What is the book like in person? It has nuance of color and amazing gradation. A bird from across the way looks blue or brown or black. Up close, you appreciate the differences of shade and you see the detail in the flowers, the blades of grass, and the animals in the background. The luminosity is just stunning. And to see it in person–wow, the book really is almost four feet high. We aren’t used to seeing a bound work of this size.

It’s tricky to do now. Absolutely, and in some ways, it’s not practical. What would you do with it? This came with a George IV oak cabinet [to store it in], so that part is solved.

Sotheby’s is selling this copy of Audubon’s The Birds of America in a single-lot auction. Is this the first time Sotheby’s has done that for an Audubon double elephant folio? I think it might be. We don’t do single-lot catalogs very often. When we do, they go on to set records. It not only says something about the regard the book is held in, but its potential to reach a high price as well.

Why will this copy of Audubon’s The Birds of America stick in your memory? The coloring, and the fact that it’s the second time I’ve been involved in selling it. In 1990, I went to London to assist in the cataloging [the last time Sotheby’s sold it]. I’ve been here a long time. To see the book come back almost 30 years later is very gratifying and exciting.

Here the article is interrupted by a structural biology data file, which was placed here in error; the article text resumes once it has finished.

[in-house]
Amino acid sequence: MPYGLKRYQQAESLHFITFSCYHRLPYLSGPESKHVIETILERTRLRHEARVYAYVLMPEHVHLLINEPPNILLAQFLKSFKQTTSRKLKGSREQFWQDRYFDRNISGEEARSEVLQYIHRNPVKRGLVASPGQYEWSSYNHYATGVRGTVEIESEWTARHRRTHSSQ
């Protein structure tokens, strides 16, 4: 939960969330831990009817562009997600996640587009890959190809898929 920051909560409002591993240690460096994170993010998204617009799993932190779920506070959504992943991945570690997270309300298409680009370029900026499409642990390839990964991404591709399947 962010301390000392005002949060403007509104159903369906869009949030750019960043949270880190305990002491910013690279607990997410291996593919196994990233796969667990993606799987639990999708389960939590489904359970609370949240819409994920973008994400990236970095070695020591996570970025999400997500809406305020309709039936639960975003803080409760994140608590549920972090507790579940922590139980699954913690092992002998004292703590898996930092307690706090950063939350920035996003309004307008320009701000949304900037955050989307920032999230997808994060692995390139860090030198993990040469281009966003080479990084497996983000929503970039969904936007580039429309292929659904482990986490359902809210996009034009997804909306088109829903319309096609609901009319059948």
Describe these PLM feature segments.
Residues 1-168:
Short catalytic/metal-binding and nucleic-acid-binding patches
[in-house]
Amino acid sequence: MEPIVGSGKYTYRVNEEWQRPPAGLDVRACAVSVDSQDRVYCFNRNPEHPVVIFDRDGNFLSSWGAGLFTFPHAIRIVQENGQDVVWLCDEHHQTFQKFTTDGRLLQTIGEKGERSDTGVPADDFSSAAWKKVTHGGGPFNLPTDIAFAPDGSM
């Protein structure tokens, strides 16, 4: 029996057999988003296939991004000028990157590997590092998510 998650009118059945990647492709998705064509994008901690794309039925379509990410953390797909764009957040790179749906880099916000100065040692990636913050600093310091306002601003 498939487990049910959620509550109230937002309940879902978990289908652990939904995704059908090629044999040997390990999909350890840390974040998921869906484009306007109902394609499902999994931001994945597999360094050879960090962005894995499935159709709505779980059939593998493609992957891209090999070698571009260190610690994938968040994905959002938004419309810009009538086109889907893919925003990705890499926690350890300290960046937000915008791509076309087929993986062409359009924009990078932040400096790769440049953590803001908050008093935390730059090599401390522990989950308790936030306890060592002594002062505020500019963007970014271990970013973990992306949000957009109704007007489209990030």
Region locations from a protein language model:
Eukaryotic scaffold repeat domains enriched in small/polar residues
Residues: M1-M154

How to bid: Audubon’s The Birds of America features in a single-lot auction taking place at Sotheby’s New York on December 18, 2019.

How to subscribe to The Hot BidClick the trio of dots at the upper right of this page. You can follow The Hot Bid on Instagram and follow the author on Twitter.

Sotheby’s is on Twitter and Instagram.

Selby Kiffer appeared once before on The Hot Bid, discussing Frank Sinatra’s personal copy of the deluxe limited edition of the 1961 official program of the inaugural ceremonies for President John F. Kennedy and Vice President Lyndon B. Johnson.

You can see all 435 plates of Audubon’s The Birds of America online at the website of the National Audubon Society.

Image is courtesy of Sotheby’s.

Would you like to hire Sheila Gibson Stoodley for writing or editing work? Click the word “Menu” at the upper right for contact details.

An Alfred Munnings Painting of the Start of a Horse Race Could Sell for More Than $770,000 (Updated December 12)